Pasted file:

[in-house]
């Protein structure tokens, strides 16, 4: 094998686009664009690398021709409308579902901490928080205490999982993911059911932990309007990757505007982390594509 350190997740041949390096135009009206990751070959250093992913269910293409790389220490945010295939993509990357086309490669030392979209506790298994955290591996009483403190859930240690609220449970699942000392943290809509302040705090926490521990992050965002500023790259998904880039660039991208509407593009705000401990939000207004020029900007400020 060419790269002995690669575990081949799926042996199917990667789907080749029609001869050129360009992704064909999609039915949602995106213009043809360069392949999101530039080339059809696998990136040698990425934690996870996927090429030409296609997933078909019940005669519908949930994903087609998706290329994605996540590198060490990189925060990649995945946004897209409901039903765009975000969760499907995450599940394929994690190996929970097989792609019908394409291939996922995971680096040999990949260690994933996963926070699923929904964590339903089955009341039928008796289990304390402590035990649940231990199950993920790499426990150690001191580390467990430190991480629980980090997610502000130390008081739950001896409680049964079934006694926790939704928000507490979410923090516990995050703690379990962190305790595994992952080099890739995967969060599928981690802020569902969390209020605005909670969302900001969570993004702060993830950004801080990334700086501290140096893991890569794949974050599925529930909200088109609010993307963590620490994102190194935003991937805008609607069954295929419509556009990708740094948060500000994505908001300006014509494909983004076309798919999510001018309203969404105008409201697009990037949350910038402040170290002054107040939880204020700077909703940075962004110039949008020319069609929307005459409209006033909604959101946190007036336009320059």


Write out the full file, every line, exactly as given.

[in-house]
């Protein structure tokens, strides 16, 4: 094998686009664009690398021709409308579902901490928080205490999982993911059911932990309007990757505007982390594509 350190997740041949390096135009009206990751070959250093992913269910293409790389220490945010295939993509990357086309490669030392979209506790298994955290591996009483403190859930240690609220449970699942000392943290809509302040705090926490521990992050965002500023790259998904880039660039991208509407593009705000401990939000207004020029900007400020 060419790269002995690669575990081949799926042996199917990667789907080749029609001869050129360009992704064909999609039915949602995106213009043809360069392949999101530039080339059809696998990136040698990425934690996870996927090429030409296609997933078909019940005669519908949930994903087609998706290329994605996540590198060490990189925060990649995945946004897209409901039903765009975000969760499907995450599940394929994690190996929970097989792609019908394409291939996922995971680096040999990949260690994933996963926070699923929904964590339903089955009341039928008796289990304390402590035990649940231990199950993920790499426990150690001191580390467990430190991480629980980090997610502000130390008081739950001896409680049964079934006694926790939704928000507490979410923090516990995050703690379990962190305790595994992952080099890739995967969060599928981690802020569902969390209020605005909670969302900001969570993004702060993830950004801080990334700086501290140096893991890569794949974050599925529930909200088109609010993307963590620490994102190194935003991937805008609607069954295929419509556009990708740094948060500000994505908001300006014509494909983004076309798919999510001018309203969404105008409201697009990037949350910038402040170290002054107040939880204020700077909703940075962004110039949008020319069609929307005459409209006033909604959101946190007036336009320059």